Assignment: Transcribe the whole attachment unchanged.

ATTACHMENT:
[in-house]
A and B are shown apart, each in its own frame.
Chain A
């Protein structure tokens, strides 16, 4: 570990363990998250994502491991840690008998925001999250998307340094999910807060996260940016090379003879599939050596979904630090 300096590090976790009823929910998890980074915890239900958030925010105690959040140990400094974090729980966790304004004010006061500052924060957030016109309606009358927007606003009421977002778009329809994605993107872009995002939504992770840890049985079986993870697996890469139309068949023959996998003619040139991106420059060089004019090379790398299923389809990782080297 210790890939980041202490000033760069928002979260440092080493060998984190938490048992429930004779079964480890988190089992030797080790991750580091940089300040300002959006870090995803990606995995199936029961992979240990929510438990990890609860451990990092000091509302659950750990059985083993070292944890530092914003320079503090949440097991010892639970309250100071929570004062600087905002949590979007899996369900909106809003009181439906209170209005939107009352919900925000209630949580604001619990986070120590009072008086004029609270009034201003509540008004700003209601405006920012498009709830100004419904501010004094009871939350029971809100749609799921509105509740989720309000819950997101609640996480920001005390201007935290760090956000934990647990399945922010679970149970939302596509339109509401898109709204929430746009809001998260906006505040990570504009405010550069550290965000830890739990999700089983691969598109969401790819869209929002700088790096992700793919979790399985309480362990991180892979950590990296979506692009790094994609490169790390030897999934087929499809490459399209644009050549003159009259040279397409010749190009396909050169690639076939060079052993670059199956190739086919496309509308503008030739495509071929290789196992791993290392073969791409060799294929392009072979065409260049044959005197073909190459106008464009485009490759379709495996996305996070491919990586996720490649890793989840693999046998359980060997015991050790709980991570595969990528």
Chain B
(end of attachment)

[in-house]
A and B are shown apart, each in its own frame.
Chain A
């Protein structure tokens, strides 16, 4: 570990363990998250994502491991840690008998925001999250998307340094999910807060996260940016090379003879599939050596979904630090 300096590090976790009823929910998890980074915890239900958030925010105690959040140990400094974090729980966790304004004010006061500052924060957030016109309606009358927007606003009421977002778009329809994605993107872009995002939504992770840890049985079986993870697996890469139309068949023959996998003619040139991106420059060089004019090379790398299923389809990782080297 210790890939980041202490000033760069928002979260440092080493060998984190938490048992429930004779079964480890988190089992030797080790991750580091940089300040300002959006870090995803990606995995199936029961992979240990929510438990990890609860451990990092000091509302659950750990059985083993070292944890530092914003320079503090949440097991010892639970309250100071929570004062600087905002949590979007899996369900909106809003009181439906209170209005939107009352919900925000209630949580604001619990986070120590009072008086004029609270009034201003509540008004700003209601405006920012498009709830100004419904501010004094009871939350029971809100749609799921509105509740989720309000819950997101609640996480920001005390201007935290760090956000934990647990399945922010679970149970939302596509339109509401898109709204929430746009809001998260906006505040990570504009405010550069550290965000830890739990999700089983691969598109969401790819869209929002700088790096992700793919979790399985309480362990991180892979950590990296979506692009790094994609490169790390030897999934087929499809490459399209644009050549003159009259040279397409010749190009396909050169690639076939060079052993670059199956190739086919496309509308503008030739495509071929290789196992791993290392073969791409060799294929392009072979065409260049044959005197073909190459106008464009485009490759379709495996996305996070491919990586996720490649890793989840693999046998359980060997015991050790709980991570595969990528």
Chain B